We are more and more everyday walking through the canyon of fallen giants, retail giants whose bright, gleaming store fronts used to line the double laned streets and routes of suburbia. These jewels of sprawl that have made living far off the beaten path seem less so have begun to shutter. Retailers like Circuit City, Linens and Things, and now Fortunoff have filed for bankruptcy and are now going or gone from the map, leaving depressing building shells, and only the footprint of those signs remaining to anyone who drove past what once existed.
The workers will remember though, laid off, thrown into the deep end of a seemingly endless pool of other workers, clawing and climbing over each other for whatever meager scraps this economy will throw to them. They above the share holders, and the unpaid vendors, are the truest victim of these closures, but there is one other victim that unlike the vendors will see no relief from the proceeds of bankruptcy and liquidation, even though they have in the case of Fortunoffs paid out over $8.5 million dollars in gift cards and in previously bought merchandise that has been returned, the value of which given back in the form of store credit.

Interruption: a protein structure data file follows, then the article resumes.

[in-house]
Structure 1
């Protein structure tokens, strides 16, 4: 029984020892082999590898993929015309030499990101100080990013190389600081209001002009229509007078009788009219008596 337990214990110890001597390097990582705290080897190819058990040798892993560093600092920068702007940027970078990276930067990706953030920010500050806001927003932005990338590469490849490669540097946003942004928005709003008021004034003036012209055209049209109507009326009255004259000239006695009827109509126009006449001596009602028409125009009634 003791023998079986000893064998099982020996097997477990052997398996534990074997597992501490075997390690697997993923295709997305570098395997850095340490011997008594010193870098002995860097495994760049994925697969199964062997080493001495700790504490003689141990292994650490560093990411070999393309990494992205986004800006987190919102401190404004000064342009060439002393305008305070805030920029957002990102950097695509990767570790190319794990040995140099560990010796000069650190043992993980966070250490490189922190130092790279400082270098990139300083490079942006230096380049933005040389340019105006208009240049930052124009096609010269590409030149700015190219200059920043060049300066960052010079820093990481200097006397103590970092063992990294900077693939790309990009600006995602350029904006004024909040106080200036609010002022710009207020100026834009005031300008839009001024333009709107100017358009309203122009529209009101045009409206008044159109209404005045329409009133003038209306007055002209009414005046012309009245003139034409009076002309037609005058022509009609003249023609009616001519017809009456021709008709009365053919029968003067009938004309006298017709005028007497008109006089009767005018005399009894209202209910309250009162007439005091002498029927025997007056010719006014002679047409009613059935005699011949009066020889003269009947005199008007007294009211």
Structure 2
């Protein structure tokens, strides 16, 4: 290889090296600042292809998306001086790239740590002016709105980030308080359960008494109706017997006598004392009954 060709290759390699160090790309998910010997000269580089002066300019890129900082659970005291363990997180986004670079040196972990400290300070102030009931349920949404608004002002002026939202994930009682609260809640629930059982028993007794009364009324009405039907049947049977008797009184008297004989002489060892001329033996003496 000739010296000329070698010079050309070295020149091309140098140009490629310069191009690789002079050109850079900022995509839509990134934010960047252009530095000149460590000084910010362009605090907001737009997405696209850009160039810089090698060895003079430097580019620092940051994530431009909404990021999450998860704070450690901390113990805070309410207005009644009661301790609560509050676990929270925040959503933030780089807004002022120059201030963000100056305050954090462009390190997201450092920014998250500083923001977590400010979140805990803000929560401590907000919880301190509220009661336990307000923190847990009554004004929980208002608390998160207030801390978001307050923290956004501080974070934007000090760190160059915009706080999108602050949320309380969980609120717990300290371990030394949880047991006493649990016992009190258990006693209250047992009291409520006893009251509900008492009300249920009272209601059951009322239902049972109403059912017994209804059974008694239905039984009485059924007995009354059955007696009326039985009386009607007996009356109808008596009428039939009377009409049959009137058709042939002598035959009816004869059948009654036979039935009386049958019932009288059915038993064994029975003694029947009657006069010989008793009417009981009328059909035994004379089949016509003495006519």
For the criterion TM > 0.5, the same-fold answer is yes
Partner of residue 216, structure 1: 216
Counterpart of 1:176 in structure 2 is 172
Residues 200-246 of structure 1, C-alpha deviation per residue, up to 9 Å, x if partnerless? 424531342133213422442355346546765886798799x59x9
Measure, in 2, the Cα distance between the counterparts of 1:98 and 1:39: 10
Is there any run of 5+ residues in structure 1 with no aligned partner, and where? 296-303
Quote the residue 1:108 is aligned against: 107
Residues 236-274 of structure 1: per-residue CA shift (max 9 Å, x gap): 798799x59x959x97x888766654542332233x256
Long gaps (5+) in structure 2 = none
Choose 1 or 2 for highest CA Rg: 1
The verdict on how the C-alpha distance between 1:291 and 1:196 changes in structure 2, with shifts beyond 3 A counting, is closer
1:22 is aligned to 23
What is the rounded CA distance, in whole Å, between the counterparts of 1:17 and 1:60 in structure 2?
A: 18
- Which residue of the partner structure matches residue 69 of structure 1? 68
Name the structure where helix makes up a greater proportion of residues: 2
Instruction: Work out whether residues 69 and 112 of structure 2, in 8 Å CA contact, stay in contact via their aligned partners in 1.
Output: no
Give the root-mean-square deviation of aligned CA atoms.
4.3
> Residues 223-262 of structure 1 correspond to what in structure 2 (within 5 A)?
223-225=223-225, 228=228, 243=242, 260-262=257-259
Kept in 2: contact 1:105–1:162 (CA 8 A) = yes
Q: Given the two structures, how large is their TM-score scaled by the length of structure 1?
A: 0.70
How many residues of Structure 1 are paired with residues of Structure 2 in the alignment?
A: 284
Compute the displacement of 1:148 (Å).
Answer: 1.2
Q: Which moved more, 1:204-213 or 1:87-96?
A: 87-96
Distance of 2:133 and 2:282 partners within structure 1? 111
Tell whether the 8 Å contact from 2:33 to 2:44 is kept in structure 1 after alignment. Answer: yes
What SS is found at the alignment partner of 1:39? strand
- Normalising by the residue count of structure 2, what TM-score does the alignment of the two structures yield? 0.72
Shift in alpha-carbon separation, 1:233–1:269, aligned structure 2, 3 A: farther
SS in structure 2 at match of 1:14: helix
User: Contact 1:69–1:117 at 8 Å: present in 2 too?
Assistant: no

Gift card and store credit holders are a much maligned and ignored group in the bankruptcy process, with any and all kind of store credit usually being banned from use as tender within hours of a stores decision to close their doors. Blocked from utilizing their credit and with little to no recourse, gift card holders have usually no choice but to accept that they have been fleeced. A recent decision to allow Fortunoff gift card holders the ability to utilize those cards until March 8th was progress, but serves merely as a small olive branch.
What is needed is a more cemented approach, a mandate that requires the bankrupt companies, or their assigned liquidators to allow for gift card holders to assemble and register their credit owed becoming a cooperative of consumers that can be counted as not only a creditor, but a preferred creditor, receiving repayment for the lost value of their credits before most other vendors and creditors. For too long the retail industry has kept this dirty little secret hidden in the shadows, but the time has come to compensate everyone that a debt is owed to. If not as a matter of fairness, then as a matter of reinstilling confidence in shoppers who might at this point be reconsidering gift card purchases, choosing instead to give cash, and in such harm the vital November and December holiday sales Retailers rely so heavily on.